In the 1990s, U.S. multifamily developers offered all the disadvantages of density without the advantages of urbanism.
The so-called "garden" apartments had parking in place of gardens — due to drive-only locations and minimum parking requirements. Some even featured "train wreck" design along the lines of an Amtrak derailment.
While the apartments themselves may have been nice, the outside consisted of a parking lot leading to a collector road and arterial thoroughfare built for cars and trucks.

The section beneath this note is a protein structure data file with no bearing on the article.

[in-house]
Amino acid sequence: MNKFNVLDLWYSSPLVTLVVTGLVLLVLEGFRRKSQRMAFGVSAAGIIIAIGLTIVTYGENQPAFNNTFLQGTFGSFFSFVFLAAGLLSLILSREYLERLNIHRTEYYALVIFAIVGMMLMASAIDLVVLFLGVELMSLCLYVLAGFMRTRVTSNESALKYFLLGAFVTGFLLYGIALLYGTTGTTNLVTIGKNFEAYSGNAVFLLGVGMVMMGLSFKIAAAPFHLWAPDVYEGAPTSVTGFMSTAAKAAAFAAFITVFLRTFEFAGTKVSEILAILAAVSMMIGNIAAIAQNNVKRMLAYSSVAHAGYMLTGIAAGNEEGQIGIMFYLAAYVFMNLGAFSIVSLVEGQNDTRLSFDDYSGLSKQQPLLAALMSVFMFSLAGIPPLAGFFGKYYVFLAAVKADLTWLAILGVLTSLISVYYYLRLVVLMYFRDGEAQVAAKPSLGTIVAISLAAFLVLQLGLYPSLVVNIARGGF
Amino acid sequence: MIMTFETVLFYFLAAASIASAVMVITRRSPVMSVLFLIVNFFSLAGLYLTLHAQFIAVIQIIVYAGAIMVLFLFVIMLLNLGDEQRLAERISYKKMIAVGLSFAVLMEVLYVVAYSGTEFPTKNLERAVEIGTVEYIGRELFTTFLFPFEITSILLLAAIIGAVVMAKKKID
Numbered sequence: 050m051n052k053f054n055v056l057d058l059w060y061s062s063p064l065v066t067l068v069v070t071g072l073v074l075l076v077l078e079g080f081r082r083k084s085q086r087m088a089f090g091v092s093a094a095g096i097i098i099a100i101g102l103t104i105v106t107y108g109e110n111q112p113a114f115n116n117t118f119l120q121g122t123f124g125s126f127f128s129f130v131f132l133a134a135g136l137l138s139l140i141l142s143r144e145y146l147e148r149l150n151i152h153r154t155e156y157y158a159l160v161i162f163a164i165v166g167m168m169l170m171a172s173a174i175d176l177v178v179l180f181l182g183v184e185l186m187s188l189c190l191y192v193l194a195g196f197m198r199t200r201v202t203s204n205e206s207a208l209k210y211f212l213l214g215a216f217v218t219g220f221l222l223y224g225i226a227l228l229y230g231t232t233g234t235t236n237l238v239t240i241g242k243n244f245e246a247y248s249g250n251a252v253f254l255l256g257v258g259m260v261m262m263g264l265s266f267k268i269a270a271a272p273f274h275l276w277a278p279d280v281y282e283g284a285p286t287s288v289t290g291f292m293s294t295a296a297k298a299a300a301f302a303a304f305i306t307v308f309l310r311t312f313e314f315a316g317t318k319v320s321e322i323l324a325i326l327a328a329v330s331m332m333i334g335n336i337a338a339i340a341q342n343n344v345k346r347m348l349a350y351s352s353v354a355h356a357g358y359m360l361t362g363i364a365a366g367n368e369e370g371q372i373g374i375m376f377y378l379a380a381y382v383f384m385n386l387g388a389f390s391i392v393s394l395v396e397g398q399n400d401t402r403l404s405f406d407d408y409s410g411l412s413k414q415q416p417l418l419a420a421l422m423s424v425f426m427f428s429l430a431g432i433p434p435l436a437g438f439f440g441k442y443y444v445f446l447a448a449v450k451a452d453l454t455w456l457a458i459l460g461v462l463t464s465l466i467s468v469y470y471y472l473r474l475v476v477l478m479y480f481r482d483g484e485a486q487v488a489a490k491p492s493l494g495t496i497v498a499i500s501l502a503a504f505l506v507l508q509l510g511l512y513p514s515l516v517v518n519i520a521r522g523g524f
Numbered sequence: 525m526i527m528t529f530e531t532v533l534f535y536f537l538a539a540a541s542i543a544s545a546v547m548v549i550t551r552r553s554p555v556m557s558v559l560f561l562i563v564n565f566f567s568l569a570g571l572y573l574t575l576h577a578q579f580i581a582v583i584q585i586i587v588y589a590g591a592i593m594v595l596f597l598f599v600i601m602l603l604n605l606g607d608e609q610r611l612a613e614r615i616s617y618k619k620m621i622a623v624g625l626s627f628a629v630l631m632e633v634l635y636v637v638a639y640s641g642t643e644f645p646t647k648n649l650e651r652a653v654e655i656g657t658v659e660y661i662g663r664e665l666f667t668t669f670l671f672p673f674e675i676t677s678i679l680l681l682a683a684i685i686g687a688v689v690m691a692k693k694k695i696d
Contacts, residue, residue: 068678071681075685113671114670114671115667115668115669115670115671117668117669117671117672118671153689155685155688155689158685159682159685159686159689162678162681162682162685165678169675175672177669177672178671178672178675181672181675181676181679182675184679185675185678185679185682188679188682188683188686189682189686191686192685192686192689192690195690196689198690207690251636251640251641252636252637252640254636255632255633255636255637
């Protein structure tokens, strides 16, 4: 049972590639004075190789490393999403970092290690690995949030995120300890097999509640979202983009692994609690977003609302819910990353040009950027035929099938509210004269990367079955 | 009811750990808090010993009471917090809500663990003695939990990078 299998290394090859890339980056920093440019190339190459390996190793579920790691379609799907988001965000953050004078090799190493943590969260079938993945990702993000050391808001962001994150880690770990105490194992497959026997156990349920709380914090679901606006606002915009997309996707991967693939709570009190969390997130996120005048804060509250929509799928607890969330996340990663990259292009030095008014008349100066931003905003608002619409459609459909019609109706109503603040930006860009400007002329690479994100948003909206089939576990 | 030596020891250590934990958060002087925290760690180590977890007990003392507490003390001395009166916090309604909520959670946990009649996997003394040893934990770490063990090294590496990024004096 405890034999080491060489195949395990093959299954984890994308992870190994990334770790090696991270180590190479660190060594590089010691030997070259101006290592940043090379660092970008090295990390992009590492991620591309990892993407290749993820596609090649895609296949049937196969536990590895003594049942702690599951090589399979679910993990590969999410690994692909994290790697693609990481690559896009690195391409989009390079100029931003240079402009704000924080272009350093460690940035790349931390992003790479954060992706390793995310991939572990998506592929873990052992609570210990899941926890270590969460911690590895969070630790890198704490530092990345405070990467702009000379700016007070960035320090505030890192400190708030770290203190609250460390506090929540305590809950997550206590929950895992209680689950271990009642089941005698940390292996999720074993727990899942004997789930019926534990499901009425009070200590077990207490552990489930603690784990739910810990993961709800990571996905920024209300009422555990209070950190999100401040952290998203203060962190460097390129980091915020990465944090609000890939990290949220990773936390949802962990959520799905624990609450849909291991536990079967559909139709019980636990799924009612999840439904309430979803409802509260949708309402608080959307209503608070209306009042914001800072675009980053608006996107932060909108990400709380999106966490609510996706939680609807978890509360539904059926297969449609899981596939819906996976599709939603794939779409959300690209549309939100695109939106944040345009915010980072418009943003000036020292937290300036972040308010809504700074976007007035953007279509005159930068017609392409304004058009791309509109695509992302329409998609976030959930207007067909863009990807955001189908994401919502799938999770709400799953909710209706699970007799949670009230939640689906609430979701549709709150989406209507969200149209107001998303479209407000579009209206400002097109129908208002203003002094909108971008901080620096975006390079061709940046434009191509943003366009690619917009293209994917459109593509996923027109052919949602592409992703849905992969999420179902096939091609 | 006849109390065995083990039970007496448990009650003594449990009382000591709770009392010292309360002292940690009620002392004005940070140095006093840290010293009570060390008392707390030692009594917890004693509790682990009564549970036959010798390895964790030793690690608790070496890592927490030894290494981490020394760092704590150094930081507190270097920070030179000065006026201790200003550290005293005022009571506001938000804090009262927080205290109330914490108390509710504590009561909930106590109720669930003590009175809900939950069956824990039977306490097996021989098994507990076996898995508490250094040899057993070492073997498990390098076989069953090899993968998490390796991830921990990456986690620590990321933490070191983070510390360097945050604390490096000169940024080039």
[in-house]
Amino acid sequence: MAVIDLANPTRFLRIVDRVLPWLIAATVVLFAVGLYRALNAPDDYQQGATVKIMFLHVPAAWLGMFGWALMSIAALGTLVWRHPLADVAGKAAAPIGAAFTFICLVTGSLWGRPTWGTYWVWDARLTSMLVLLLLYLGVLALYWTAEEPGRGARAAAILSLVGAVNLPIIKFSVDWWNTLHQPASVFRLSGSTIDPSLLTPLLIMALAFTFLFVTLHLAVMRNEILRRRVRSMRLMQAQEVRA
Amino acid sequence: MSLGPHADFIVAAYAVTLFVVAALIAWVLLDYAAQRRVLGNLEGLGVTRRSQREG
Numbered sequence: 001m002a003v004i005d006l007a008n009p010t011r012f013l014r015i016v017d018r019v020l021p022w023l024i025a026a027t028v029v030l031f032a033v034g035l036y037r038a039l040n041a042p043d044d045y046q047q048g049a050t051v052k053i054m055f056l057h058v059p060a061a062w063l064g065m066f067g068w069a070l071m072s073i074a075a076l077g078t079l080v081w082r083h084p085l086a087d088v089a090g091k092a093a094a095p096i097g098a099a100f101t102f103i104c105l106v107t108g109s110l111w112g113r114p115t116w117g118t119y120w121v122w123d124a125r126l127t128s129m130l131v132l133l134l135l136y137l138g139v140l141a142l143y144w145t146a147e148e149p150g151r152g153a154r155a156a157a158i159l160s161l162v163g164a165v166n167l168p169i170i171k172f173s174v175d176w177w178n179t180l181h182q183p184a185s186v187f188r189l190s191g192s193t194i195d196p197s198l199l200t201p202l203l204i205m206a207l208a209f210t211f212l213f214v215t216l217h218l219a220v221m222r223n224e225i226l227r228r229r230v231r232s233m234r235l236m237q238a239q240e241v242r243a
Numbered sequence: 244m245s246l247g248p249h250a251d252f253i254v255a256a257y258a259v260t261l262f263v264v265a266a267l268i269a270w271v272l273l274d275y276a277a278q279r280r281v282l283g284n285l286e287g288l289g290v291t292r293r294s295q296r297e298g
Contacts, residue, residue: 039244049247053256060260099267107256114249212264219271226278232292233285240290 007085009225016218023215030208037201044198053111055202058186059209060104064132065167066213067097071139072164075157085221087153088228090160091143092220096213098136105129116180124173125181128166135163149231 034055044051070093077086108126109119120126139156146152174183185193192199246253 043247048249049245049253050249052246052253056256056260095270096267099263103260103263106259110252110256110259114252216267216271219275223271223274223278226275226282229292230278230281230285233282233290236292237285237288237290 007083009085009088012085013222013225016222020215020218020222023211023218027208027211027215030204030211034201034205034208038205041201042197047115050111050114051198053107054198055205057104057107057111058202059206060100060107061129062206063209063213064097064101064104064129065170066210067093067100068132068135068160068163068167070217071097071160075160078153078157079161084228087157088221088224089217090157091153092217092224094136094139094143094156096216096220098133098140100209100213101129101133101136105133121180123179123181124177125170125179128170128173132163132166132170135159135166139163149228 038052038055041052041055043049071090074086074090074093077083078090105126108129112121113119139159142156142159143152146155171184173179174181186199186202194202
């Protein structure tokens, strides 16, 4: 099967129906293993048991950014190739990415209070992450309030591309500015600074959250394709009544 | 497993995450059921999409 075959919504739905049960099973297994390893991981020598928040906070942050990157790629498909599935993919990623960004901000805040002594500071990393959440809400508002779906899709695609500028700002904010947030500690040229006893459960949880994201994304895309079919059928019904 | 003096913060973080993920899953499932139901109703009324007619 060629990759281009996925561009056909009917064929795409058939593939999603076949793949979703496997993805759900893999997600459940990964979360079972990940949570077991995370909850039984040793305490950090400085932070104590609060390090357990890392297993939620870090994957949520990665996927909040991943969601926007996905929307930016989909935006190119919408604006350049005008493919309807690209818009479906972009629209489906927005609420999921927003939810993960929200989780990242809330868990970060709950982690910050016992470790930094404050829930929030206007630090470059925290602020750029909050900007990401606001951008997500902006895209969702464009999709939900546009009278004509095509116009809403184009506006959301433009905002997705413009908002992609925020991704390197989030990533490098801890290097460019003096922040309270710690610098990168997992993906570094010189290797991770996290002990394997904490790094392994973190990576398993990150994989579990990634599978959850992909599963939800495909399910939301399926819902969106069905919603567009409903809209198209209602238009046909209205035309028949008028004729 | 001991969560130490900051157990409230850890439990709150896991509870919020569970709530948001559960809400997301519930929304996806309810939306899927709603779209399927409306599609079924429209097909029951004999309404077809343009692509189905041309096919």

With the rising demand for walkable places, such conventional suburban multifamily is no longer in style, according to Keat Foong, executive editor of Multi-Housing News.